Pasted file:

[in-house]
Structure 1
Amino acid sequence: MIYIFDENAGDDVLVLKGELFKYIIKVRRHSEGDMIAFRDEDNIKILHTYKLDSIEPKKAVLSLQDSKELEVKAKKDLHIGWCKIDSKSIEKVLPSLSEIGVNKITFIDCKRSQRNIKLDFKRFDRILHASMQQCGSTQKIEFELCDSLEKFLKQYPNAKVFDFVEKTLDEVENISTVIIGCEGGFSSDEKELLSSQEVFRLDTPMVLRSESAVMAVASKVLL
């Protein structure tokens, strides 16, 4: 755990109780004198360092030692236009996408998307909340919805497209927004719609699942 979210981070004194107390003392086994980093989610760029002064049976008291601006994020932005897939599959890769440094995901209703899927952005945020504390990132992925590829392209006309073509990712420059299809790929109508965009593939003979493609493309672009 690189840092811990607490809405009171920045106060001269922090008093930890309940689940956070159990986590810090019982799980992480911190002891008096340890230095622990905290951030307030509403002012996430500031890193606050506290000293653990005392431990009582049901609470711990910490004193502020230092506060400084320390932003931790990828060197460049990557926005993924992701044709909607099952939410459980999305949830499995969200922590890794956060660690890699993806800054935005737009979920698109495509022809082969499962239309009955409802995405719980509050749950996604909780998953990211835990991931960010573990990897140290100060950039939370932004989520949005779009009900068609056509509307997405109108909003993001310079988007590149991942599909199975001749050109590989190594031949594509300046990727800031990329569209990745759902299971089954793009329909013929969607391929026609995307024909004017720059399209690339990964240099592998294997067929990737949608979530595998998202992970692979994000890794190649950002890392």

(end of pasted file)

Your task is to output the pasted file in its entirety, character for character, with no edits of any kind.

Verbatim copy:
[in-house]
Structure 1
Amino acid sequence: MIYIFDENAGDDVLVLKGELFKYIIKVRRHSEGDMIAFRDEDNIKILHTYKLDSIEPKKAVLSLQDSKELEVKAKKDLHIGWCKIDSKSIEKVLPSLSEIGVNKITFIDCKRSQRNIKLDFKRFDRILHASMQQCGSTQKIEFELCDSLEKFLKQYPNAKVFDFVEKTLDEVENISTVIIGCEGGFSSDEKELLSSQEVFRLDTPMVLRSESAVMAVASKVLL
């Protein structure tokens, strides 16, 4: 755990109780004198360092030692236009996408998307909340919805497209927004719609699942 979210981070004194107390003392086994980093989610760029002064049976008291601006994020932005897939599959890769440094995901209703899927952005945020504390990132992925590829392209006309073509990712420059299809790929109508965009593939003979493609493309672009 690189840092811990607490809405009171920045106060001269922090008093930890309940689940956070159990986590810090019982799980992480911190002891008096340890230095622990905290951030307030509403002012996430500031890193606050506290000293653990005392431990009582049901609470711990910490004193502020230092506060400084320390932003931790990828060197460049990557926005993924992701044709909607099952939410459980999305949830499995969200922590890794956060660690890699993806800054935005737009979920698109495509022809082969499962239309009955409802995405719980509050749950996604909780998953990211835990991931960010573990990897140290100060950039939370932004989520949005779009009900068609056509509307997405109108909003993001310079988007590149991942599909199975001749050109590989190594031949594509300046990727800031990329569209990745759902299971089954793009329909013929969607391929026609995307024909004017720059399209690339990964240099592998294997067929990737949608979530595998998202992970692979994000890794190649950002890392």